[Search] |

By design of the Mathematics Subject Classification, literature concerning specific computations and algorithms is classified with the area of mathematics to which the computations are applied. But mathematics can return the favor and study the process by which computers carry out their information handling.

- 68: Computer science, today more accurately a separate discipline, considers a number of rather mathematical topics. In addition to computability questions arising from many problems in discrete mathematics, and logic questions related to recursion theory, one must consider scheduling questions, stochastic models, and so on.
- 94: Information and communication includes questions of particular interest to algebraists, especially coding theory (related to linear algebra and finite groups) and encryption (related to number theory and combinatorics). Many topics appropriate to this area can be expressed in graph-theoretic terms, such as network flows and circuit design. Data compression and visualization overlap with statistics.
- 93: Systems theory; control study the evolution over time of complex systems such as those in engineering. In particular, one may try to identify the system -- to determine the equations or parameters which govern its development -- or to control the system -- to select the parameters (e.g. via feedback loops) to achieve a desired state. Of particular interest are issues in stability (steady-state configurations) and the effects of random changes and noise (stochastic systems). While popularly the domain of "cybernetics" or "robotics", perhaps, this is in practice a field of application of differential (or difference) equations, functional analysis, numerical analysis, and global analysis (or differential geometry).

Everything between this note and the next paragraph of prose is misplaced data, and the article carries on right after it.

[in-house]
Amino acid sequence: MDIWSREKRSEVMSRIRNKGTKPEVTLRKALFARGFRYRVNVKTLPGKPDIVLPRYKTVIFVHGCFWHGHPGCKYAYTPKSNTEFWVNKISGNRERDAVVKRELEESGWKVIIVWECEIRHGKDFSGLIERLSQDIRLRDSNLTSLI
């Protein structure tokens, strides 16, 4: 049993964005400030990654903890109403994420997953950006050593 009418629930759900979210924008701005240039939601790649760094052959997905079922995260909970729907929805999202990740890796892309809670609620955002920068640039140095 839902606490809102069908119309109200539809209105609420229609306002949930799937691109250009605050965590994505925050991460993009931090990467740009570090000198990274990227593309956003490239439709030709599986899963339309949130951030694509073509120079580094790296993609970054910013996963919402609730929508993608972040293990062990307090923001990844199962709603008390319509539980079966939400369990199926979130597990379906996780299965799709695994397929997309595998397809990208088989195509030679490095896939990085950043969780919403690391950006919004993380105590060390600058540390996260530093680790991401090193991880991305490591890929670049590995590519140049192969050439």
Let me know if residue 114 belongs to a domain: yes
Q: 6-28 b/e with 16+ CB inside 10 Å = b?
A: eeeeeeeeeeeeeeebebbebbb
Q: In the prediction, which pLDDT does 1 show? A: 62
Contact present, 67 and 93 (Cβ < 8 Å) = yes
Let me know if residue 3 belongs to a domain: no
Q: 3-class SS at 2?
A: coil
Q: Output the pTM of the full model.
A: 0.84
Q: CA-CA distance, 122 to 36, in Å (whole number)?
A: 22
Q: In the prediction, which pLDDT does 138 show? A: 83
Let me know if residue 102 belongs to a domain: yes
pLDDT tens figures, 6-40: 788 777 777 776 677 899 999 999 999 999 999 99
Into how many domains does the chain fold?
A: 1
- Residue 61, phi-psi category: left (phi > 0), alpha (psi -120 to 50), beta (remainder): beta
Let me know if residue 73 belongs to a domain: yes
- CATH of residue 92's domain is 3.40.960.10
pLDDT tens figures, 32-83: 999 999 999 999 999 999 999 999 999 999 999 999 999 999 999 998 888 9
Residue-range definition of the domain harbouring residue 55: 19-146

For more fields concerned with the theory and development of numerical algorithms and their applications, take the Numerical methods part of the tour. Principal among these is Numerical Analysis proper, the study of methods of computing numerical data.

Fields which have contributed to the development of Computer Science include in particular 03: Logic (e.g. Turing machines and so on) and 05: Combinatorics (e.g. complexity analysis, the traveling salesman problem). Of particular interest in Information and Communication are tools from abstract algebra, particularly linear algebra and group theory, for the analysis of coding theory.

You might want to continue the tour with a trip through applications to the sciences.

Last modified 1999/05/12 by Dave Rusin. Mail: feedback@math-atlas.org